Minimum Energy Efficiency Standards and EPC requirements

The Energy Efficiency (Private Rented Property) Regulations 2015 introduced from 1st April 2018 states that properties having a new tenancy would require an EPC rating of ’E’ or above. As from 1st April 2020 existing tenancies will need to comply unless a valid exemption has been registered. However, this applies to properties which are legally required to have an EPC with tenancies commencing from 1st October 2008. Any tenancies starting prior to that date and have not been renewed are not legally required to have an EPC. Houses of Multiple Occupation let on an individual room basis (separate agreements) are not required to have an EPC. Those on a joint agreement will, because the property is rented as a whole.

Landlord funding element
Those properties below an ‘E’ rating must have work carried out up to £3500 or obtain third-party funding to meet the costs. The £3500 cap is an upper ceiling, not a target or a spend requirement and if a landlord can improve their property to ‘E’ or higher then they will have met their obligation.

Exemptions
If the cost of the energy efficiency measures required to improve a property to a rating of at least an ‘E’ would cause a landlord to exceed the £3,500 cap, the landlord can register an exemption on the PRS Exemptions Register. The exemption applies for 5 years from when registered and when it expires the landlord would need to try again to improve the property’s EPC rating to meet the minimum level of energy efficiency.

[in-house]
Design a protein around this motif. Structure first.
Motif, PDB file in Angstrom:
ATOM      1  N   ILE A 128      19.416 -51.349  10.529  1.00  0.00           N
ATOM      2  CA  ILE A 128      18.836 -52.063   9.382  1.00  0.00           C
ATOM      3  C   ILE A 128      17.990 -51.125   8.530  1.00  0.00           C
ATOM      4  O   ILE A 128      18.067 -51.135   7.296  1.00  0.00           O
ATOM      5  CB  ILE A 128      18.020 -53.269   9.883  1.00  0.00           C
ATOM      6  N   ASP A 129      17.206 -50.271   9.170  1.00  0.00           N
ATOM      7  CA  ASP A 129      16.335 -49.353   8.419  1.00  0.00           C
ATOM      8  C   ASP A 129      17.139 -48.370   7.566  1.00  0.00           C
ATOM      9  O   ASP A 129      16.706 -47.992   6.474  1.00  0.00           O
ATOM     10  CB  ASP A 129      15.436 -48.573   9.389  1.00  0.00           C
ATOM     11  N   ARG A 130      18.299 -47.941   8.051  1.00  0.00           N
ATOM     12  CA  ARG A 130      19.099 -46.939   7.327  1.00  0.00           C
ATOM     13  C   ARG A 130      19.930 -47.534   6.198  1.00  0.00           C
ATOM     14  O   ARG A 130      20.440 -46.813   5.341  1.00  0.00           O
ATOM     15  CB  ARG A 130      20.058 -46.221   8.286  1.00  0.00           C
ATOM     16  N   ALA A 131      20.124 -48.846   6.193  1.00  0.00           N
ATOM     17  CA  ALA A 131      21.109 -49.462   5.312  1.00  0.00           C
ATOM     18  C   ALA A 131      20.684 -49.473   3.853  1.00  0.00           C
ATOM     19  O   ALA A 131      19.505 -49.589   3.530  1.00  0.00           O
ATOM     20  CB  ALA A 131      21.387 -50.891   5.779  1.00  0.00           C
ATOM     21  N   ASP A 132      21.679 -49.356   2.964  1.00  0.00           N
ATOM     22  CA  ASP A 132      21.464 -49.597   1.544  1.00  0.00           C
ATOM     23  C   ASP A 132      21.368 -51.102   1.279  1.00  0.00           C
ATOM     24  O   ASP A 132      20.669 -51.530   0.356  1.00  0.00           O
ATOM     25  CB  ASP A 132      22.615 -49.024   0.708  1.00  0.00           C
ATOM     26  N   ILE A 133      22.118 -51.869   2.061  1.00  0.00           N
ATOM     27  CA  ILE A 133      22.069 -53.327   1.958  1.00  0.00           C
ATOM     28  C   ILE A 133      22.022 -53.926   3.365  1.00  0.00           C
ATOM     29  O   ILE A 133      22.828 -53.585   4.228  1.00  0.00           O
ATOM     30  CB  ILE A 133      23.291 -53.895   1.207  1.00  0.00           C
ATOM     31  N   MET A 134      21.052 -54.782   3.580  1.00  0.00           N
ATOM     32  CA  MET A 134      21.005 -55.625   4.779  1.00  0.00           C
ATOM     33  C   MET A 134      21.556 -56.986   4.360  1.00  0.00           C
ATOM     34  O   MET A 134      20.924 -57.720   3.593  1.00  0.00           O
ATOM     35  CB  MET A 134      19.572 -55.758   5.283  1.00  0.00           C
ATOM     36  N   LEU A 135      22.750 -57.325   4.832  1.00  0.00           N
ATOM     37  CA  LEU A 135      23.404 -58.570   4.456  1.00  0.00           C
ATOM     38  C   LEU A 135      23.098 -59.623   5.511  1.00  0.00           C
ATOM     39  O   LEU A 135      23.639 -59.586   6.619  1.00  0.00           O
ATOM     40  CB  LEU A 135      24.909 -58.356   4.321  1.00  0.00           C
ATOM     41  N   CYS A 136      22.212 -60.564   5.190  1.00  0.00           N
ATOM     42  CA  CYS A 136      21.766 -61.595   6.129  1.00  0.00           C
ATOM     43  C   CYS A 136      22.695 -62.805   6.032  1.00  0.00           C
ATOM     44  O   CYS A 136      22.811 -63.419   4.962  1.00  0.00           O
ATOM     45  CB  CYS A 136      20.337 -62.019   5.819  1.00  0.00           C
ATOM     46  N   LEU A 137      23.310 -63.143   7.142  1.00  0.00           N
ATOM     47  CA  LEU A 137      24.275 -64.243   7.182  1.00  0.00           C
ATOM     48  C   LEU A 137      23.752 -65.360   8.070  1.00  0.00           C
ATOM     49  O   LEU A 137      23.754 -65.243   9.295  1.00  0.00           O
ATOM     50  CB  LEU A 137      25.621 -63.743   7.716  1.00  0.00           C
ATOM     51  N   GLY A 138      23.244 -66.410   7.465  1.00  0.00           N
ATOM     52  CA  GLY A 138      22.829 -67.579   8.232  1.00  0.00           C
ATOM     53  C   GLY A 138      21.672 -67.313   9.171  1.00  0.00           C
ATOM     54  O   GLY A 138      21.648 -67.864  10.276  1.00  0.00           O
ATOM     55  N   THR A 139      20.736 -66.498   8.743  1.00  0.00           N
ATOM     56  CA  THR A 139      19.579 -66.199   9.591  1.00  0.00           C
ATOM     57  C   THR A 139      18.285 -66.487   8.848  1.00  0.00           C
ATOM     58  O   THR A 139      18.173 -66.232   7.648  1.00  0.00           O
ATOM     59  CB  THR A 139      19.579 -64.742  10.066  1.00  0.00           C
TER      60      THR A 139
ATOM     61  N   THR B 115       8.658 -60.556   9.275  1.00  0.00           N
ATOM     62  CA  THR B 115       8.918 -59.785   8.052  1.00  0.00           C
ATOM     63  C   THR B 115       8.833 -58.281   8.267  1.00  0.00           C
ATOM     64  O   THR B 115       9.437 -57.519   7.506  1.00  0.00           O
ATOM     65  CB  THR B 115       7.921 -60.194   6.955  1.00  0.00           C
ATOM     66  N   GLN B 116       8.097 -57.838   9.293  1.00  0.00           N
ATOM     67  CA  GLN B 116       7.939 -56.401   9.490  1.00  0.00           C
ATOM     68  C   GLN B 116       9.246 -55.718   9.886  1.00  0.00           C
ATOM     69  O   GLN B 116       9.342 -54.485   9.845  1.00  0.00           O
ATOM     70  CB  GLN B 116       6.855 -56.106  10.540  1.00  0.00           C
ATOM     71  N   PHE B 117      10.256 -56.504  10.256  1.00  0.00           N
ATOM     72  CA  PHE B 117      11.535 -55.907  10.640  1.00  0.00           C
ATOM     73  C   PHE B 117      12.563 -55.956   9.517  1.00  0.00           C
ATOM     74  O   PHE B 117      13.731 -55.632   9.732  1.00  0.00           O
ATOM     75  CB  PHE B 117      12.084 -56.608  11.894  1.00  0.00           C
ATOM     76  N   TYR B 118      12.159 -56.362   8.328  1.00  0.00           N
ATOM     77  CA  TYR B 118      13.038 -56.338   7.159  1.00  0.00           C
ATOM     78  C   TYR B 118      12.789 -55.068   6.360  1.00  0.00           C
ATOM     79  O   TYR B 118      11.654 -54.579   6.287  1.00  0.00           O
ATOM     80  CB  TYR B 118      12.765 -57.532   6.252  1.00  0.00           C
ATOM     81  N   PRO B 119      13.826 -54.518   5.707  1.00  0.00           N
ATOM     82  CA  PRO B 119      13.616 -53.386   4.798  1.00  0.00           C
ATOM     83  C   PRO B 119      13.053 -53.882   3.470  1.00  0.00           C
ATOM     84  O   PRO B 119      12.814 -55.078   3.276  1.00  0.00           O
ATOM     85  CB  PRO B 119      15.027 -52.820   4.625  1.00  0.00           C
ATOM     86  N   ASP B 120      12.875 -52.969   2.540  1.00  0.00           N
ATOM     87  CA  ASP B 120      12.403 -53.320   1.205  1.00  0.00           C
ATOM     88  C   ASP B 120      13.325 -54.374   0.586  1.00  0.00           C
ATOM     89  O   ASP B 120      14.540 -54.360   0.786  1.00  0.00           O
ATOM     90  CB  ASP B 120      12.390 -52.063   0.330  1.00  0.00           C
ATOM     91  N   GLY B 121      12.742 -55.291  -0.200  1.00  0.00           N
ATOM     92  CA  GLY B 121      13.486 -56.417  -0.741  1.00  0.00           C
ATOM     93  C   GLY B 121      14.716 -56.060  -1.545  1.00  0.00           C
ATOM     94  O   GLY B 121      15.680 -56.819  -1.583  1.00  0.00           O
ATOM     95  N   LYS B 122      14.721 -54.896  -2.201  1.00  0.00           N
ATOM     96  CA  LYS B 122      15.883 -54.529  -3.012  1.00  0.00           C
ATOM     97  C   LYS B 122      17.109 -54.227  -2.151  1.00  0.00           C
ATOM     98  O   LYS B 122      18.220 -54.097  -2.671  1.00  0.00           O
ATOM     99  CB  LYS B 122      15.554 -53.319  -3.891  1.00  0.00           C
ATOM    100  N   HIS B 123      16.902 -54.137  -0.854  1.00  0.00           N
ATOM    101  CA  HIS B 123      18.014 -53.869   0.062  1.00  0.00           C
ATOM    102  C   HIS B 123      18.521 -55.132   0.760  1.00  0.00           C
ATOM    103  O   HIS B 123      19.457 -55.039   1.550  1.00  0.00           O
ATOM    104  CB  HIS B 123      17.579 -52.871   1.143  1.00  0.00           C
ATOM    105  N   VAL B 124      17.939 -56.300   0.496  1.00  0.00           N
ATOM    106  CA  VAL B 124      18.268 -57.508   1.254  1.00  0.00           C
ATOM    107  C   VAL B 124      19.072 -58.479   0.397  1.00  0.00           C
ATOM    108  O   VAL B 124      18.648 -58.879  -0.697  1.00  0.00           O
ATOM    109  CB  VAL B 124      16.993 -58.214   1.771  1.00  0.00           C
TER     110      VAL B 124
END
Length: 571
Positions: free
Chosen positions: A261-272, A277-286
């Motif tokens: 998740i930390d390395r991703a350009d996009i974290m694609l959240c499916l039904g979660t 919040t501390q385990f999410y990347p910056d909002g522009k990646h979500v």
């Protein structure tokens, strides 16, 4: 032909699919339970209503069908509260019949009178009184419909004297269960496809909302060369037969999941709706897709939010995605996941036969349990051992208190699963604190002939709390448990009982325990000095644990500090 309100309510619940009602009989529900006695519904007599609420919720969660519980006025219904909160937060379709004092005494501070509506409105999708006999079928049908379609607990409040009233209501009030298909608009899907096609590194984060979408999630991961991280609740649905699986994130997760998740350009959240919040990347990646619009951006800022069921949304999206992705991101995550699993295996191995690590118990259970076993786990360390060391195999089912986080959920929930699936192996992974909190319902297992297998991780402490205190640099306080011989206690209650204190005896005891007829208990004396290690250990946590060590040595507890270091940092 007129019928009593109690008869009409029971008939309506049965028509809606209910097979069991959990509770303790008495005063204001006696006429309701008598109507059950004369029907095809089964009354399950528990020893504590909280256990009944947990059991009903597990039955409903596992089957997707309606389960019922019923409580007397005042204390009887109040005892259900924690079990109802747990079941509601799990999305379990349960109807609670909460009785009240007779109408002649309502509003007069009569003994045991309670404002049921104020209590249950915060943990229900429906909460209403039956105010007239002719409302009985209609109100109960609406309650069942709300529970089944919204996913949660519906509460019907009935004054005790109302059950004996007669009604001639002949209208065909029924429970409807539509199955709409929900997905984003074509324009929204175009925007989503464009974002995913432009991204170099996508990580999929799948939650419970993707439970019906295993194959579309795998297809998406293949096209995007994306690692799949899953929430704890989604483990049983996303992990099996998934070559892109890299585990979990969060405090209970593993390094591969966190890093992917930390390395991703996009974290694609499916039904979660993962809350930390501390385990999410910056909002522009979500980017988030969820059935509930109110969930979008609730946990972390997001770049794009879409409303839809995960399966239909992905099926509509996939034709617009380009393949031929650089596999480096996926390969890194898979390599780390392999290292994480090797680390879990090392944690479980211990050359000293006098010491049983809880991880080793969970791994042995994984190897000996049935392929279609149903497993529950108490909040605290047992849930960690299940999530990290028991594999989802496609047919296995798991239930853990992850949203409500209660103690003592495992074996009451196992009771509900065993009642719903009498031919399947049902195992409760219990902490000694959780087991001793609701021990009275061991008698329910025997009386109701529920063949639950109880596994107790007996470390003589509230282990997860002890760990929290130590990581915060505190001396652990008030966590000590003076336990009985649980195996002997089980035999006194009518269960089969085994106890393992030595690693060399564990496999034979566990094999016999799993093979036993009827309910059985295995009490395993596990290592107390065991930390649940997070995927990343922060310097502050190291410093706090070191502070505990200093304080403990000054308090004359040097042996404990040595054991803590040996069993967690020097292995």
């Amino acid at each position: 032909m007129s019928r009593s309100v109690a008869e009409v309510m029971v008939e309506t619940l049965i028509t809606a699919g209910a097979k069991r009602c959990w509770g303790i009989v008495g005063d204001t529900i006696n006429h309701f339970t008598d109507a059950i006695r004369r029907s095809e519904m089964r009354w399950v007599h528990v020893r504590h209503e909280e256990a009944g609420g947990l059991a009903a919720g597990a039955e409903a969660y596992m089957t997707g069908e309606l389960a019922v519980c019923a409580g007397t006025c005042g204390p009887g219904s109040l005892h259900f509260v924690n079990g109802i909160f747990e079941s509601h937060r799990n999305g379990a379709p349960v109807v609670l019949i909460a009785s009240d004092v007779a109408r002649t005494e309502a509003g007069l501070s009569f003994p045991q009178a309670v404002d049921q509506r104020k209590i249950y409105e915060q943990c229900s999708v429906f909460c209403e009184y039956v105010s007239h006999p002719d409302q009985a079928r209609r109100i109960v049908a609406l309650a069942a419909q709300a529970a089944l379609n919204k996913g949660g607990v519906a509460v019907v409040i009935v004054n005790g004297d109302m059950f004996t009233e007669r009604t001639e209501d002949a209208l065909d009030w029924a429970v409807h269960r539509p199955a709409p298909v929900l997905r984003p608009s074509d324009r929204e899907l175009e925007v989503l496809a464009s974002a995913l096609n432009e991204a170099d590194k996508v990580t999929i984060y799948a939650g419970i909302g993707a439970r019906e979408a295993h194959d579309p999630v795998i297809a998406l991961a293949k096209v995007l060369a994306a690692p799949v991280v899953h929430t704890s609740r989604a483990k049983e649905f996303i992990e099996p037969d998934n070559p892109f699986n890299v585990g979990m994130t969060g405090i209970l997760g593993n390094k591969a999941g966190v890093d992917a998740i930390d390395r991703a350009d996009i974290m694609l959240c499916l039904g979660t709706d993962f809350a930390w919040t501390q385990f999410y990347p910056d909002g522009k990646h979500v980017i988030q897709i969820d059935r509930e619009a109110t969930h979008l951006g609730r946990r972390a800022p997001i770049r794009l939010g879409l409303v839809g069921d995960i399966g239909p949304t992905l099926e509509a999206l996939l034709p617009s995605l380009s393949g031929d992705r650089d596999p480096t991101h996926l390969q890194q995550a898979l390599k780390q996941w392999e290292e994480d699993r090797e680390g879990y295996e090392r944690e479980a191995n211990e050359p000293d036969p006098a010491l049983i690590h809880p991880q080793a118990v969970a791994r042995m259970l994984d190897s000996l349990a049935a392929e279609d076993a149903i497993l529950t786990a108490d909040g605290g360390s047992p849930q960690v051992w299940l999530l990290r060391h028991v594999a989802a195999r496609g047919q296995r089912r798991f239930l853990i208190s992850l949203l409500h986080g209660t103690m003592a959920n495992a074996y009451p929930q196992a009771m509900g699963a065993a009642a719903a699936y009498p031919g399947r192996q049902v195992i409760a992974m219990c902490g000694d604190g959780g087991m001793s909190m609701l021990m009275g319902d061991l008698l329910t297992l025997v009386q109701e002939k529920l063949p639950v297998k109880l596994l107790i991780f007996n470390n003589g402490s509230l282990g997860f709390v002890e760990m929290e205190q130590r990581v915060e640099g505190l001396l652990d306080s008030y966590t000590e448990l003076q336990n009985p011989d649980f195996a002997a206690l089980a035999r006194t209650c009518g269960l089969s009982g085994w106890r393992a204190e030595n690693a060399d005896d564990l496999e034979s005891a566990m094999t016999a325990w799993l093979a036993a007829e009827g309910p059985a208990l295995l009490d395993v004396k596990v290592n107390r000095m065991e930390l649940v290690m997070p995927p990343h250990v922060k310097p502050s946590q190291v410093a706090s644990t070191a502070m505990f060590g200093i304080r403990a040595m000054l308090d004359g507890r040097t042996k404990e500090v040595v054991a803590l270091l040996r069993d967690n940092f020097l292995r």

Listed Buildings
These, plus properties within a conservation area will not be required to meet the minimum energy standards  if any improvements would adversely affect the listing with unacceptable alterations. However, if for example light bulbs could be replaced and the loft better insulated then these works could be carried out otherwise the property would be listed as a valid exemption.

Consent
The landlord would need to show that reasonable efforts have been made to obtain consent from the tenant. In the case of a Local Authority Planning Department a refusal would exempt the landlord from carrying out the necessary work. In cases where a tenant withholds consent a landlord would have to demonstrate that adequate attempts had been made. Where consent is not granted for improvements then an exemption may be registered. You can view an EPC on the website www.epcregister.com It can be searched for by postcode or the EPC report reference number.

The following is a list of key improvements that can help to improve your EPC rating:

  • Replacing windows with double glazing
  • Insulating the loft, walls floors with high quality insulation
  • Replace your boiler with a newer, more efficient model
  • Upgrading all lights bulbs to LED light bulbs rather than traditional bulbs
  • Installing low-flush toilets and water-saving showers
  • Replacing older appliances with newer models that come with ‘eco’ or ‘energy saving’ modes.